Two Canadian credit unions are testing a system that lets their members do their banking through Alexa, Amazon’s voice-based virtual assistant. The technology comes by way of Central 1 Credit Union, which developed it in collaboration with San Francisco design agency Point One Digital. By way of this new and innovative tool, Alexa becomes a personal member service representative, allowing end users to tell the artificial intelligence (AI) platform to make payments, transfer money and perform other banking transactions, all via a simple voice command. Additionally, thanks to Alexa’s voice recognition capability, the system ensures that an authorized user is requesting these transactions, keeping the member’s banking information private and safe.
Aside from providing greater convenience for those who already use the Alexa-based smart home speakers, the system will also benefit and improve banking accessibility for individuals who are visually impaired, are challenged by mobile or keyboard interfaces, or have difficulty leaving their homes. Currently, trials are being undertaken by Saskatchewan’s Conexus Credit Union (127,461 members, $6 billion in assets) and Innovation Credit Union (52,164 members, $2.5 billion
in assets) in the hope Alexa will become available to members this year.
Quicker than online
The voice-command banking system works through a conversational interface on any Alexa-enabled device. Quicker than a person can access an online account, the system enables users to inquire about an account balance, pay a bill and transfer money between accounts. To set-up an Alexa account, a member first needs to install the Amazon Alexa app on their mobile device. Then they use the app to download the “Innovation skill” onto the Alexa device. Once installed, the member needs to link their Innovation online banking login to the “skill” on the Alexa device via the Amazon app. A member must create an additional four-digit code to complete the voice-command set-up. When the “skill” is verbally activated, it’s initially authenticated via voice biometrics. Once the speaker is recognized, he or she then articulates their four-digit code before the saved digital banking credentials are used to enable any functionality within the app.
Dean Gagne, chief digital and technology officer at Innovation, points to the positive feedback provided by numerous employees who have been testing Alexa. For those who already own the Alexa-home system, the voice-command banking system is a convenient add-on to their daily routines, he says.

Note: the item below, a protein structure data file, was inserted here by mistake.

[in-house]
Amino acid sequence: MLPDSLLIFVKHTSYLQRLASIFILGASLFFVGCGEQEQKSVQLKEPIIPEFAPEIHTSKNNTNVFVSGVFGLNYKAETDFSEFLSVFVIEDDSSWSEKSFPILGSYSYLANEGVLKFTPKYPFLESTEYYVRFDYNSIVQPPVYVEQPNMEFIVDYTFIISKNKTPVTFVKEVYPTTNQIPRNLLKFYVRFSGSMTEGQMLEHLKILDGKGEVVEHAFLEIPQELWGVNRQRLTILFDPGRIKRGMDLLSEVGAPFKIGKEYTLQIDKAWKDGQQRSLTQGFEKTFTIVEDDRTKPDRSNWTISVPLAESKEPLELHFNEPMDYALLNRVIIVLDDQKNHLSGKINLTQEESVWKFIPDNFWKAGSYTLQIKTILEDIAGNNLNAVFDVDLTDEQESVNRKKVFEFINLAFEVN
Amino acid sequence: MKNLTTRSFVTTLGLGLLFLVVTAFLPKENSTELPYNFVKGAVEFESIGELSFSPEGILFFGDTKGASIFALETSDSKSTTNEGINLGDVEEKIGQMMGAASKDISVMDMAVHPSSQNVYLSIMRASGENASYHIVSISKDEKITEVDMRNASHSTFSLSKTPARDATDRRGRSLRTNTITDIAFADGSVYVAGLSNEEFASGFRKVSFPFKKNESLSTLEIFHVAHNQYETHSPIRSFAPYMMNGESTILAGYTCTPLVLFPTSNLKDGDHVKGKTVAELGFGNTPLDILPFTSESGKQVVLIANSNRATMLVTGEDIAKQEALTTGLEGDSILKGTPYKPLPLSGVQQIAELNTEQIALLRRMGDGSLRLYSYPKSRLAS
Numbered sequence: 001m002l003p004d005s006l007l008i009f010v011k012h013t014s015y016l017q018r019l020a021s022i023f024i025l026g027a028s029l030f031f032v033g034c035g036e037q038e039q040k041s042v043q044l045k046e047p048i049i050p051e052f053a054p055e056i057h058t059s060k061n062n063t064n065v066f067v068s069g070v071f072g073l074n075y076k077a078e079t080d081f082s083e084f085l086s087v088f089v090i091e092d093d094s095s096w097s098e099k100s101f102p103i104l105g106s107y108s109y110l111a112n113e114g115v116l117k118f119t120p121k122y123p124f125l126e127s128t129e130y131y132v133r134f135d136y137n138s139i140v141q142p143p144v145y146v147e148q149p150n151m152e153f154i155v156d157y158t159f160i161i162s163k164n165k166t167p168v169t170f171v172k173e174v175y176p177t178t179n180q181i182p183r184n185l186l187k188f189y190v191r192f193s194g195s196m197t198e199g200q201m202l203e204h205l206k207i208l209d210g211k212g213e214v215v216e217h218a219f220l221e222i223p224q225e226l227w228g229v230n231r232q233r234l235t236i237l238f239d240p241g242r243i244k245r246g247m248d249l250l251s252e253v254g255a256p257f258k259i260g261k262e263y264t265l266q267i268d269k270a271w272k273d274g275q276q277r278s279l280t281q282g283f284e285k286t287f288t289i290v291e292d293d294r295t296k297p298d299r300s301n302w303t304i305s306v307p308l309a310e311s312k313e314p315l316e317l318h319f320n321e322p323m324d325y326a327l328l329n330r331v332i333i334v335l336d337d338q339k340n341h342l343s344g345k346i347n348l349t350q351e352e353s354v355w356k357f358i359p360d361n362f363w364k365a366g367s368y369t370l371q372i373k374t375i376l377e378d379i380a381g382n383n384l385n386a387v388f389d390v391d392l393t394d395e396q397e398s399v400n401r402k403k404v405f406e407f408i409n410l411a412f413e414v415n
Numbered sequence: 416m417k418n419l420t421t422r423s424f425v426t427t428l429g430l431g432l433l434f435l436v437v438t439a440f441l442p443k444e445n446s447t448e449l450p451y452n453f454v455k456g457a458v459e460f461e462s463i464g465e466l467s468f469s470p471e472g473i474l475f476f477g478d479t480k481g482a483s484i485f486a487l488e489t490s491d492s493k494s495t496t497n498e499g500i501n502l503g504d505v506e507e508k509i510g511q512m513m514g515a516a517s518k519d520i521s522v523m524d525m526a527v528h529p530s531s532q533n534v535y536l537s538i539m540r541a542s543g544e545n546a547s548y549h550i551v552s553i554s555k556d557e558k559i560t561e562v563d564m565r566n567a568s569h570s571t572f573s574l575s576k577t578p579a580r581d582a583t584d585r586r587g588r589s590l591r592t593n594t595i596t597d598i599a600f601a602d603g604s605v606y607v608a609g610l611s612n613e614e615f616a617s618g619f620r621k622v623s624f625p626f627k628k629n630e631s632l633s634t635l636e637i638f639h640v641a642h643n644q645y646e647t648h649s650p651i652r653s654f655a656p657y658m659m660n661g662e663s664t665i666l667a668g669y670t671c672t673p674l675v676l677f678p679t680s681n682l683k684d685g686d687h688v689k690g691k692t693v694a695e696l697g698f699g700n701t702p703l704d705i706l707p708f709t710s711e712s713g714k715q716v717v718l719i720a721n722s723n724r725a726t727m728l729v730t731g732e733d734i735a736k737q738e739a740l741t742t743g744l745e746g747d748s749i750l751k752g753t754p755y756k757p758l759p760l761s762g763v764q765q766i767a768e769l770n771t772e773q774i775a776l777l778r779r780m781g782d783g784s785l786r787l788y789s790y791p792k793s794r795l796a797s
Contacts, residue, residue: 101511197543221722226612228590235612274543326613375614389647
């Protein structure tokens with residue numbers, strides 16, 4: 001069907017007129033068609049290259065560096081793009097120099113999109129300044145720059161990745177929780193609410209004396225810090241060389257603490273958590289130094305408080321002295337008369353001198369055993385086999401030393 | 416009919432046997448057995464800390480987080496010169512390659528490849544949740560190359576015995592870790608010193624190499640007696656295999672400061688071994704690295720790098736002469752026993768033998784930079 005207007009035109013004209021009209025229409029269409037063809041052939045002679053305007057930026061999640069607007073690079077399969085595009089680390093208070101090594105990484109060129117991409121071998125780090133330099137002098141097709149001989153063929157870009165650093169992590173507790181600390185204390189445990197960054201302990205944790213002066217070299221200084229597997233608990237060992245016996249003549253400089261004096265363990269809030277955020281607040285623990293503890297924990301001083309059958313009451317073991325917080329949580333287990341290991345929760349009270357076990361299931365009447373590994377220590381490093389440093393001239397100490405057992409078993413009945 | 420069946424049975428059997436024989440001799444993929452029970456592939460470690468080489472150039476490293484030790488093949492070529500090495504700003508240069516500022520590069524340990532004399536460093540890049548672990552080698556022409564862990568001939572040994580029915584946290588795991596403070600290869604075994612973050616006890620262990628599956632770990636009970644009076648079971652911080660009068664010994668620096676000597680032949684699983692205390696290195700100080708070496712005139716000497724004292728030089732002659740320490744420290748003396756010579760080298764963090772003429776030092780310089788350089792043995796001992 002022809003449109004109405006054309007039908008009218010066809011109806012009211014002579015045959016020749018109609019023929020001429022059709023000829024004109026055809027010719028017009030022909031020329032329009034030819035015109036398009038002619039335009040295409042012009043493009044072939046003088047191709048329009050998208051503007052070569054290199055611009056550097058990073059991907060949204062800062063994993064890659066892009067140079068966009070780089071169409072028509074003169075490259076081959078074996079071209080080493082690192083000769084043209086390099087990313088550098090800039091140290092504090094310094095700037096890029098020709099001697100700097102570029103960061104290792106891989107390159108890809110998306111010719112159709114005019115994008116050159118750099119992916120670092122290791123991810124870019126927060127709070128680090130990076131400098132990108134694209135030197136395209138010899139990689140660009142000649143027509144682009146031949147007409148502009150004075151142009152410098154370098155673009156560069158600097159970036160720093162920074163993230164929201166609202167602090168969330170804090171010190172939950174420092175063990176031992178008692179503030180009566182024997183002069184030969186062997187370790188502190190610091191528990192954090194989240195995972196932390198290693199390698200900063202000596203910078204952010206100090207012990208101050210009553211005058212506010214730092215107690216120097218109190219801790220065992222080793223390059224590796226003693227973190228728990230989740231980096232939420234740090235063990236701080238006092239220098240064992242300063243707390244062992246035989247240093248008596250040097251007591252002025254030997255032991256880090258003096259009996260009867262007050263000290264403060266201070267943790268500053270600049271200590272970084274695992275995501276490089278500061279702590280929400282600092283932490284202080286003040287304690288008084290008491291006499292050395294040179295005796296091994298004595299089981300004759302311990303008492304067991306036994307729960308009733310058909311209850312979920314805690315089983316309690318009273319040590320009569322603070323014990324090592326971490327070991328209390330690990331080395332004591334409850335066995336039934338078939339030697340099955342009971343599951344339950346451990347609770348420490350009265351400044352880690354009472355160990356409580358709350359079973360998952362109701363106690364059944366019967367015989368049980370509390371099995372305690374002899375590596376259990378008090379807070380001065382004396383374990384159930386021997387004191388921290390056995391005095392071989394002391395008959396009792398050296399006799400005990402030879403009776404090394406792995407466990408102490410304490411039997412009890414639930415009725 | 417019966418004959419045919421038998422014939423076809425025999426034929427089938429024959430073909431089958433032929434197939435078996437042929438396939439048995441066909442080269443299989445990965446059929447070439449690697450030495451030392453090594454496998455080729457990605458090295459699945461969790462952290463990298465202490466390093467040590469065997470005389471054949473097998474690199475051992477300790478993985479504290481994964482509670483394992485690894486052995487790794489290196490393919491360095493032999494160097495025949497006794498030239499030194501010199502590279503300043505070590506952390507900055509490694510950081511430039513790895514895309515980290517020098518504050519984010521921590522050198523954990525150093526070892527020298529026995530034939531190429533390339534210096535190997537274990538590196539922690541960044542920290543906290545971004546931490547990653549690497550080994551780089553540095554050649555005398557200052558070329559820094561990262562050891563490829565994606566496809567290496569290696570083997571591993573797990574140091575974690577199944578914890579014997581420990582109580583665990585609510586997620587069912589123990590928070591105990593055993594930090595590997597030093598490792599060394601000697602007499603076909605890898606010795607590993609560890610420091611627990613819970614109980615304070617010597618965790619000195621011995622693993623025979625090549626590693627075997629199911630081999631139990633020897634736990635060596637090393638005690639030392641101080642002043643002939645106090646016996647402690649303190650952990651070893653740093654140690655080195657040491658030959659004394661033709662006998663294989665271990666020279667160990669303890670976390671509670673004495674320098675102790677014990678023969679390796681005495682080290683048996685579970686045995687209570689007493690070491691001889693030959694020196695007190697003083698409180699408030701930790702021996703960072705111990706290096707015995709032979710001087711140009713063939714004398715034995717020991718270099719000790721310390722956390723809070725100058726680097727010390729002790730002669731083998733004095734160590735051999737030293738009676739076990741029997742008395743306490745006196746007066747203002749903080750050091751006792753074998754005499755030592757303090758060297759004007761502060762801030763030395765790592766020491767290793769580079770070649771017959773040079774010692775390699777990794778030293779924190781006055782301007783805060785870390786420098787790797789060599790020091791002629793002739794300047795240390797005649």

Innovation’s involvement with the voice-command banking system was possible thanks to collaboration with Central 1’s senior product manager, Alexander Chan. During an interview on the credit union talk show CUBroadcast, Chan explains that “we launched Alexa banking before the big banks and from a credit union perspective we’re really proud of this achievement. And when we look at Alexa banking, it’s not only about its unique features, we’re also looking at the tremendous potential it can bring to credit union members in terms of accessibility of use.”
To make it more interactive and user-friendly, Conexus included a feature that allows Alexa to share financial tips with its end users, further mimicking an interaction with a real-life credit union employee. Along with ease of use, Alexa will also be able to accommodate technological growth in the future.
Keeping up with changing times also serves a vantage point in terms of member attraction, particularly when looking at younger generations like millennials. Technology is continually progressing and if credit unions aren’t leveraging new technological advancements, they might be overlooked by potential members searching for innovative banking resources, says Gagne. “To reduce the roadblocks to attract generations like millennials, you need to have up-to-date technology,” he says. “It might not guarantee their commitment to your credit union but you automatically won’t be in the running if you don’t have the latest products available.”
As Alexa redefines traditional banking methods, credit unions have found a natural partner to meet the needs of members who are limited by disabilities, who wish for greater convenience and who strive for the latest and newest interactive technology. ◊